Thursday, 6 December 2018

Unblocking the Croydon bottleneck

Network Rail are developing major proposals to upgrade the Brighton Main Line – one of the most congested routes in the country –  to provide more reliable, faster and more frequent services on the line and its branches.

Key to the upgrade are proposals to remove the most challenging bottleneck on Britain’s railway network at the ‘Selhurst triangle’ and East Croydon station as part of proposals for the East Croydon to Selhurst Junction Capacity Enhancement Scheme.

To check out the plans, the Brighton consultation will be on:

Monday 10 and Tuesday 11 December 2018 - The Brighthelm Centre, North Road, Brighton, BN1 1YD, 4.00-8.00pm.   

More details: https://www.bhep.co.uk/brighton-business-news/2018/12/4/unblocking-the-croydon-bottleneck-public-consultation-in-brighton

Monday, 26 November 2018

West Street - then & now

Looking north from Boyces St.
West Street was originally much narrower than shown here. The eastern (r.h. side) was widened in 1868 and the Academy cinema on the same side built in 1911. Widening of the western side did not start until 1928 which dates this picture to the period 1911-1928.

On the corner of Boyces Street, the Half Moon lasted until at least 1970 when the licensee was a 'Gizzi', a family more usually associated with Italian ice cream. Although at first sight the building now looks completely different it seems to have retained the same fenestration even though it has had the roof replaced.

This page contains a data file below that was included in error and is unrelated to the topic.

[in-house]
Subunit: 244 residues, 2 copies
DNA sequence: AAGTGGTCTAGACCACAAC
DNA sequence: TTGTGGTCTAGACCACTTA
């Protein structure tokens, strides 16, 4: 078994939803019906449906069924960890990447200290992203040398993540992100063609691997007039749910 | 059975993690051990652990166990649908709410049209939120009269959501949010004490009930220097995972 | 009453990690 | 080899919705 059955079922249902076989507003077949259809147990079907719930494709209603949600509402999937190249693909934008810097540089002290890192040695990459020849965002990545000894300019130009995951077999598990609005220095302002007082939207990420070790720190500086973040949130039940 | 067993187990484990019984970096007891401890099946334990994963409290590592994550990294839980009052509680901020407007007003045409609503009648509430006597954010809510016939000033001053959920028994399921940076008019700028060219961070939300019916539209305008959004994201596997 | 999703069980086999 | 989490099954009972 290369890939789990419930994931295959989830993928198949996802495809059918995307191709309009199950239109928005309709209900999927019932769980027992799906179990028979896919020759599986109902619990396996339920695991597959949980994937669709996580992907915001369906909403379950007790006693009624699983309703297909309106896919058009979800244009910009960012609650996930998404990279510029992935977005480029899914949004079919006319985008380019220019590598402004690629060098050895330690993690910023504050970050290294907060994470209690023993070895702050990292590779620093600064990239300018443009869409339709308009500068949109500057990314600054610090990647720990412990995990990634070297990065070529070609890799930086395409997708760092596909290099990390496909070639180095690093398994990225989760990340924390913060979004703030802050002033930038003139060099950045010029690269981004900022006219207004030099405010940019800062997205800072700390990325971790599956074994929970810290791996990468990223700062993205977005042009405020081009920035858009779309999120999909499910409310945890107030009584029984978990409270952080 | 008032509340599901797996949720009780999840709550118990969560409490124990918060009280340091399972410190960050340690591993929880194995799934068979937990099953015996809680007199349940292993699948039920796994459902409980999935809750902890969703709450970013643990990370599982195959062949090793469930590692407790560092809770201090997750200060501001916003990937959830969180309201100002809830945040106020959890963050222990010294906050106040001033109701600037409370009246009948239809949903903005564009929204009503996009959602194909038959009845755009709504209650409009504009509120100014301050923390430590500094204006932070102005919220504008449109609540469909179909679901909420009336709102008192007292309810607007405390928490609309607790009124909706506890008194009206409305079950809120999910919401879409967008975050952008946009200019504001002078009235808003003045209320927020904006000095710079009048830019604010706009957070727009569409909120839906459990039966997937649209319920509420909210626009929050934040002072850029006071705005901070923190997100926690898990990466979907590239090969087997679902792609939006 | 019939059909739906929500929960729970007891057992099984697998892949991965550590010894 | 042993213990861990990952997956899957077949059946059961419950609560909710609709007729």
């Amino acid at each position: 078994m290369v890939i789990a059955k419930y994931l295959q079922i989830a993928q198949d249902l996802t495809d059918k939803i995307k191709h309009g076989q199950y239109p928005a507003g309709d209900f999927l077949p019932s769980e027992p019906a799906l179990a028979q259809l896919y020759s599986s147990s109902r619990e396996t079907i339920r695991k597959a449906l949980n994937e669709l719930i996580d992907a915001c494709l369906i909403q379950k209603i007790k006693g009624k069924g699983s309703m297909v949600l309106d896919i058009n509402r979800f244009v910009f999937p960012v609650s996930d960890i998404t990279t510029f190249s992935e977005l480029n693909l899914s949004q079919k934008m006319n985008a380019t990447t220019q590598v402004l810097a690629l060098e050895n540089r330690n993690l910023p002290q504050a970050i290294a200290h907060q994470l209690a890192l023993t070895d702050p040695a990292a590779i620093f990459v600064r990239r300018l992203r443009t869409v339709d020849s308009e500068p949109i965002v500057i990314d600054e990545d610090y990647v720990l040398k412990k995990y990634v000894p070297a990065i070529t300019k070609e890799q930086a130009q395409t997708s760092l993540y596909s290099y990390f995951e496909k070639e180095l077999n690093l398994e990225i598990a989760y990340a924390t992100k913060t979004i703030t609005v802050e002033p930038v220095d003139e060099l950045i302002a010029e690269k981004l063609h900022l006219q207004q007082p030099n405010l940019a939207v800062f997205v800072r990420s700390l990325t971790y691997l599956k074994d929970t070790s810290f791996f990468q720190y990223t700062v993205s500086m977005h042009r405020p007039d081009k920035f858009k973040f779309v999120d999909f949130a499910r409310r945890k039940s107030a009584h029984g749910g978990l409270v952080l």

Of the two buildings up from the Half Moon, 61 West Street with the canted first-floor bays appears still intact, but 62 with the elegant first-floor bow window has been replaced with modern mock-Georgian.


The building that replaced the Academy deserves no comment.


Saturday, 24 November 2018

A Plaque to Lt. Jacqueline Nearne


This plaque originally unveiled at a special ceremony in November 2106 has found its permanent home at Jaqueline's birthplace, 32 West Hill Street.

She moved with her family to France in 1923. When France fell, she made her way back to England  and joined the First Aid Nursing Yeomanry.  Nearne's fluency in French quickly brought her to the attention of the Special Operations Executive (SOE) where, in 1942, she trained as a courier for the French Resisitance.

On 25 January 1943, she was parachuted into France to work for the 'Stationer' circuit in central France and maintained contact with SOE networks in the Paris area. She carried spare parts for radios inside a cosmetics bag. After fifteen months in the field, she finally returned to Britain in April 1944.

In 1946 she played "Cat", a character based on herself, in the RAF drama-documentary School for Danger, 1948, about the wartime training and deployment of SOE operatives.